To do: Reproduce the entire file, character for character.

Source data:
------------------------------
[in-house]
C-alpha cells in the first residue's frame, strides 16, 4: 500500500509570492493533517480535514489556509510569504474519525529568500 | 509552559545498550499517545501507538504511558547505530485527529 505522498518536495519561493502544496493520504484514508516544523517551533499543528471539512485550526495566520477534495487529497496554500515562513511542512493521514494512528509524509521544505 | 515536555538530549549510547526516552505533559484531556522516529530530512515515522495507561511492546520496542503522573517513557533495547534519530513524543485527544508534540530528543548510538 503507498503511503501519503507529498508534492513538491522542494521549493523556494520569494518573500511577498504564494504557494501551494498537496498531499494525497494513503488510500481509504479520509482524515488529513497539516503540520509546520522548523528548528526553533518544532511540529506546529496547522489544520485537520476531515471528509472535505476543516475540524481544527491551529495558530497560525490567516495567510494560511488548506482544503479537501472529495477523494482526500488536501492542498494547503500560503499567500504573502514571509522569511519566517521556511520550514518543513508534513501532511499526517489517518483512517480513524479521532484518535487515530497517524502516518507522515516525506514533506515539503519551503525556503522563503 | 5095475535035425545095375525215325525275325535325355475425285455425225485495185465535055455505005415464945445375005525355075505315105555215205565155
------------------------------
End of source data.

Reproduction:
[in-house]
C-alpha cells in the first residue's frame, strides 16, 4: 500500500509570492493533517480535514489556509510569504474519525529568500 | 509552559545498550499517545501507538504511558547505530485527529 505522498518536495519561493502544496493520504484514508516544523517551533499543528471539512485550526495566520477534495487529497496554500515562513511542512493521514494512528509524509521544505 | 515536555538530549549510547526516552505533559484531556522516529530530512515515522495507561511492546520496542503522573517513557533495547534519530513524543485527544508534540530528543548510538 503507498503511503501519503507529498508534492513538491522542494521549493523556494520569494518573500511577498504564494504557494501551494498537496498531499494525497494513503488510500481509504479520509482524515488529513497539516503540520509546520522548523528548528526553533518544532511540529506546529496547522489544520485537520476531515471528509472535505476543516475540524481544527491551529495558530497560525490567516495567510494560511488548506482544503479537501472529495477523494482526500488536501492542498494547503500560503499567500504573502514571509522569511519566517521556511520550514518543513508534513501532511499526517489517518483512517480513524479521532484518535487515530497517524502516518507522515516525506514533506515539503519551503525556503522563503 | 5095475535035425545095375525215325525275325535325355475425285455425225485495185465535055455505005415464945445375005525355075505315105555215205565155